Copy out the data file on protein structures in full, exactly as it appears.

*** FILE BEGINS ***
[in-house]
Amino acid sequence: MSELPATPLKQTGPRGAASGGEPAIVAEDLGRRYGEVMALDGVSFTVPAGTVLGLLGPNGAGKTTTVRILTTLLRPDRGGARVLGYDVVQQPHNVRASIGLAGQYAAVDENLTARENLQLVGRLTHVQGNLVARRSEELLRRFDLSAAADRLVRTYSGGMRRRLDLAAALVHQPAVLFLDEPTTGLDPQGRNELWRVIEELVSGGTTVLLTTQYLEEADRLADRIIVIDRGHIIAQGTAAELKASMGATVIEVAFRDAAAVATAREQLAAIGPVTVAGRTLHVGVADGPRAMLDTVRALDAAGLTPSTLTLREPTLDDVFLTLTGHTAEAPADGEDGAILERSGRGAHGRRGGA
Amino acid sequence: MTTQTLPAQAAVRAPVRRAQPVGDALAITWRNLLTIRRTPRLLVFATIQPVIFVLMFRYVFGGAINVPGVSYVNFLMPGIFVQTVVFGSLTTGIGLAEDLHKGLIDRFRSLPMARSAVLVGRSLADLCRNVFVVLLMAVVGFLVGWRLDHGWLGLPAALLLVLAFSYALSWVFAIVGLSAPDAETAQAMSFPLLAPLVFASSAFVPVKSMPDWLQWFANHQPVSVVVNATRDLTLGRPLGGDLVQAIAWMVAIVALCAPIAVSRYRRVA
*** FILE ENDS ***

[in-house]
Amino acid sequence: MSELPATPLKQTGPRGAASGGEPAIVAEDLGRRYGEVMALDGVSFTVPAGTVLGLLGPNGAGKTTTVRILTTLLRPDRGGARVLGYDVVQQPHNVRASIGLAGQYAAVDENLTARENLQLVGRLTHVQGNLVARRSEELLRRFDLSAAADRLVRTYSGGMRRRLDLAAALVHQPAVLFLDEPTTGLDPQGRNELWRVIEELVSGGTTVLLTTQYLEEADRLADRIIVIDRGHIIAQGTAAELKASMGATVIEVAFRDAAAVATAREQLAAIGPVTVAGRTLHVGVADGPRAMLDTVRALDAAGLTPSTLTLREPTLDDVFLTLTGHTAEAPADGEDGAILERSGRGAHGRRGGA
Amino acid sequence: MTTQTLPAQAAVRAPVRRAQPVGDALAITWRNLLTIRRTPRLLVFATIQPVIFVLMFRYVFGGAINVPGVSYVNFLMPGIFVQTVVFGSLTTGIGLAEDLHKGLIDRFRSLPMARSAVLVGRSLADLCRNVFVVLLMAVVGFLVGWRLDHGWLGLPAALLLVLAFSYALSWVFAIVGLSAPDAETAQAMSFPLLAPLVFASSAFVPVKSMPDWLQWFANHQPVSVVVNATRDLTLGRPLGGDLVQAIAWMVAIVALCAPIAVSRYRRVA